Greetings from Chango!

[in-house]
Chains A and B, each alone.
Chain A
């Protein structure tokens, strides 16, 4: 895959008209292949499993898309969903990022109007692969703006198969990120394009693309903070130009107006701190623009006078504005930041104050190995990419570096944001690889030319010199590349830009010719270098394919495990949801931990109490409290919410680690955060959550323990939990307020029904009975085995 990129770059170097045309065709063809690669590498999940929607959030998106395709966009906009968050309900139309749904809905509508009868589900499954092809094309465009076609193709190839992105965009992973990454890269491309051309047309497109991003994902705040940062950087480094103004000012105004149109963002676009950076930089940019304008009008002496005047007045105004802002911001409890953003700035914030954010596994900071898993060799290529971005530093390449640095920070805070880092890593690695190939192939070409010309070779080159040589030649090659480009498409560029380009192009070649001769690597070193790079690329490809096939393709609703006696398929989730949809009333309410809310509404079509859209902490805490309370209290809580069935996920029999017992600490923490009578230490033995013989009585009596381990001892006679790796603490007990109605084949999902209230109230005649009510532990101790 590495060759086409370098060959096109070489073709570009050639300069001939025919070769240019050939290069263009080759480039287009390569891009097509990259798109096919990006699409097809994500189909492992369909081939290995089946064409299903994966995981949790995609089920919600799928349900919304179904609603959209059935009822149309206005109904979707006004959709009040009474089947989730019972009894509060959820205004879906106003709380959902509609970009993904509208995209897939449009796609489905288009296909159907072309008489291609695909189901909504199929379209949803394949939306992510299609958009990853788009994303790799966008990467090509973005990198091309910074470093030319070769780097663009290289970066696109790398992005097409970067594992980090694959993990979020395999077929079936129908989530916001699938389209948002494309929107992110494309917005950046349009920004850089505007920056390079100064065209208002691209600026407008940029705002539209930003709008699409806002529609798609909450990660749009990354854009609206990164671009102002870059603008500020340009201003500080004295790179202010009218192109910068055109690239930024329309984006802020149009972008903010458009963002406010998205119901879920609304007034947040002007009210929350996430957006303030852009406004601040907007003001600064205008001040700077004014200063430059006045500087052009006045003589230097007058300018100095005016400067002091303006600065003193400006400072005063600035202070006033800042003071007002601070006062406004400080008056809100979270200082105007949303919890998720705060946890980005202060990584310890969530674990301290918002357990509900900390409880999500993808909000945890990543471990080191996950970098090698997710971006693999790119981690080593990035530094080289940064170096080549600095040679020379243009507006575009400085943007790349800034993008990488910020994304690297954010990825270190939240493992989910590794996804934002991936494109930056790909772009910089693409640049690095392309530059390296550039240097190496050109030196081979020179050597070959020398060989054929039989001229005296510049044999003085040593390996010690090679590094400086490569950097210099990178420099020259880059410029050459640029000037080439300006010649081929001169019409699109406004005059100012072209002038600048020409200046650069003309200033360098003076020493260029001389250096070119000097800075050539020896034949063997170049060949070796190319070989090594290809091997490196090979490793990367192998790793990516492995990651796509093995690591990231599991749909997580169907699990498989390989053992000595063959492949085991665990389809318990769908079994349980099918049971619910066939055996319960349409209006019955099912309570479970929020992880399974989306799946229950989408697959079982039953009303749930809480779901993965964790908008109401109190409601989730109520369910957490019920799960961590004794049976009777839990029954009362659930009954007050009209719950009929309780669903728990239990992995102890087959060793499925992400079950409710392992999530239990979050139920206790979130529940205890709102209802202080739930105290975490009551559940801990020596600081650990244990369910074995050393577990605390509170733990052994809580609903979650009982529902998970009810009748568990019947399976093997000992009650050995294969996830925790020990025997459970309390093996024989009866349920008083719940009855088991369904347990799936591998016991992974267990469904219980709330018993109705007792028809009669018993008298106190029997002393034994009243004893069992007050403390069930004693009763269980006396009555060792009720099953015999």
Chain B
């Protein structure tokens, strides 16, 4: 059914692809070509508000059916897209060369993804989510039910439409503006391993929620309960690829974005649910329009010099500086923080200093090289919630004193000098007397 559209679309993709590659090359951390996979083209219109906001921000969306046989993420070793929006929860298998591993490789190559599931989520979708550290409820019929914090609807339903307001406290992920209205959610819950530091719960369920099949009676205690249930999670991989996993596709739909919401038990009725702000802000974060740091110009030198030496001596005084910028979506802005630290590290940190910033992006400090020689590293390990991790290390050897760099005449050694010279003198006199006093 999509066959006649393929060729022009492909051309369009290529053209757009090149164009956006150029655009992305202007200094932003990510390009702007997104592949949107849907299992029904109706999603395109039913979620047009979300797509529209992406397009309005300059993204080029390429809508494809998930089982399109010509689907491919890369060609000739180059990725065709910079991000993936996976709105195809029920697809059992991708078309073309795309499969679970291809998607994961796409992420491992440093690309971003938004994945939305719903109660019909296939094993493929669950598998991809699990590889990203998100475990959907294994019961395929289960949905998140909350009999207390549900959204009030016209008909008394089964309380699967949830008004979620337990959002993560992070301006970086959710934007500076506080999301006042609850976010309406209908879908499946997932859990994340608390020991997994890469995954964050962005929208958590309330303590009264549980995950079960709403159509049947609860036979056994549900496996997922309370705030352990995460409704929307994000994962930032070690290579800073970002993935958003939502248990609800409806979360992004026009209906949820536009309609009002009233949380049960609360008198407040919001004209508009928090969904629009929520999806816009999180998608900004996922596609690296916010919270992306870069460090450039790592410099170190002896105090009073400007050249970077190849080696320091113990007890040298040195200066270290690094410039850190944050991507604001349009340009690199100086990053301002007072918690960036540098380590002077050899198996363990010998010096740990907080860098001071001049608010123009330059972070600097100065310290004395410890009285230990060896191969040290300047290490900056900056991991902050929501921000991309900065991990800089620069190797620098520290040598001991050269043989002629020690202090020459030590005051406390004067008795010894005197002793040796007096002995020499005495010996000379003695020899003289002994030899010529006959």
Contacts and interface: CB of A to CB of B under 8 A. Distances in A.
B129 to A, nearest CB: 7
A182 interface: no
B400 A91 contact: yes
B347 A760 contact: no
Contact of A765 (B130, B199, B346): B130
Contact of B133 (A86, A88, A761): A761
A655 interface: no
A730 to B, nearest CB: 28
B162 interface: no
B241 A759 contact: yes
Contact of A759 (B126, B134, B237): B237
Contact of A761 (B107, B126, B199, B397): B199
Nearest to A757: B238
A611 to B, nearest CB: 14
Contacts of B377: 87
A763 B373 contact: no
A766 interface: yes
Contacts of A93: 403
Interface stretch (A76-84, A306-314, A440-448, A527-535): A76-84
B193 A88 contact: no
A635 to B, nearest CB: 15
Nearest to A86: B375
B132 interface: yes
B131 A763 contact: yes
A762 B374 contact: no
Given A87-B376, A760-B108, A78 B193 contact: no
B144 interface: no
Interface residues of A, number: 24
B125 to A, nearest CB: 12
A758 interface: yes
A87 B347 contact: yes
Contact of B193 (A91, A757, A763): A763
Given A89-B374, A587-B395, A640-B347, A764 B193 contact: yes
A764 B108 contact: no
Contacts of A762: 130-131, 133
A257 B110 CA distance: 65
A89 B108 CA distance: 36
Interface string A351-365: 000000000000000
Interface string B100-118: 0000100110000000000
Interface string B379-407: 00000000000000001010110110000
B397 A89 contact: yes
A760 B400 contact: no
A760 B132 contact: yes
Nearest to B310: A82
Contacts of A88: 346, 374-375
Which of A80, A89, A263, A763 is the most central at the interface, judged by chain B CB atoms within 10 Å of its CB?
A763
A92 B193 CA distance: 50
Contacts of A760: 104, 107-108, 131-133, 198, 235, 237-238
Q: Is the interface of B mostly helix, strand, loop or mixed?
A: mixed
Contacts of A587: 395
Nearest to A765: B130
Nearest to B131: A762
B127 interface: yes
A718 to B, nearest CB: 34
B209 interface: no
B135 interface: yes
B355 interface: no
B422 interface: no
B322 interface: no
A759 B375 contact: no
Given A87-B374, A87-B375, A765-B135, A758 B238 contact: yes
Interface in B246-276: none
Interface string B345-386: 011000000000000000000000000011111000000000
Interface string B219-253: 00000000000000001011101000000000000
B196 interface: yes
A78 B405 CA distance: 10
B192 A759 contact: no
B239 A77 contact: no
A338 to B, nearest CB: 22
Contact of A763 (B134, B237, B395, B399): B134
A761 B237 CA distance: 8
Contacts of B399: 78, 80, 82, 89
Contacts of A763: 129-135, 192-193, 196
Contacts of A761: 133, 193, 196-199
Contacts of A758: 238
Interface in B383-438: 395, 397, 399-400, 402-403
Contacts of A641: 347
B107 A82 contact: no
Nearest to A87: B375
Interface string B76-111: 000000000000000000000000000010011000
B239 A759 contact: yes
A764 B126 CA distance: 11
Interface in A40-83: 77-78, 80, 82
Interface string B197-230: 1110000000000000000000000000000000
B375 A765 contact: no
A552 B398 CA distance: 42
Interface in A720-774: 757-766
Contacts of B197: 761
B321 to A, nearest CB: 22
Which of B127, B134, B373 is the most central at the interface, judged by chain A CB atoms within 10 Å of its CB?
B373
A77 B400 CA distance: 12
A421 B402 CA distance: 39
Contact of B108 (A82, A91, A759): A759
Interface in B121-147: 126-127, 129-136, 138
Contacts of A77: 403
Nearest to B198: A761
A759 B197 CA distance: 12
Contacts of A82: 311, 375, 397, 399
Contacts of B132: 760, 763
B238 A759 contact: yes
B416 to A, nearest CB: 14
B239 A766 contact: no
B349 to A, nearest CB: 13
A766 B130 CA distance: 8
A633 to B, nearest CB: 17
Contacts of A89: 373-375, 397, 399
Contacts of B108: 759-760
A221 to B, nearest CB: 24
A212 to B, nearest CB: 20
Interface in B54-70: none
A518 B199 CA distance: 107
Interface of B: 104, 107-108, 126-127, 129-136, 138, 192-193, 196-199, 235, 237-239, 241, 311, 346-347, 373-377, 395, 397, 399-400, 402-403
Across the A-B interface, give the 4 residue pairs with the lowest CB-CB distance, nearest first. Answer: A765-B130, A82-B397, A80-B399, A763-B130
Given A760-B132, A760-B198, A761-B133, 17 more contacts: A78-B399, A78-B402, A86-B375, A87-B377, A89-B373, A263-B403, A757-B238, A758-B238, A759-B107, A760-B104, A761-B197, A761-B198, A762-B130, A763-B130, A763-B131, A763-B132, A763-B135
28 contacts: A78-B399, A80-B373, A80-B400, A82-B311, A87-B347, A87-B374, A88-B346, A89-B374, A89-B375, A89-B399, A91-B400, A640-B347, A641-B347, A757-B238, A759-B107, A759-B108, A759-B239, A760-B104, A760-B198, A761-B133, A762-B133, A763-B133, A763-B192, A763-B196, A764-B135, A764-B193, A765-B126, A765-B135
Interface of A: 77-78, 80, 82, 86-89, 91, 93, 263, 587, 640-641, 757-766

This crazy group of gringos took Cuba’s capital city in stride as we entered the third to last week of our travels. Our second week in Havana carried a similar structure to the first, with Spanish classes at University of Havana in the mornings from 9AM to 12:30PM and teaching English to Cuban students at a church in the afternoons from 4-6PM. We spent Monday afternoon at the Jose Martí museum inside the monument at Plaza de la Revolucion. Chango delved into the history of his personal life and ventures across the world as this national war hero was almost always on the lam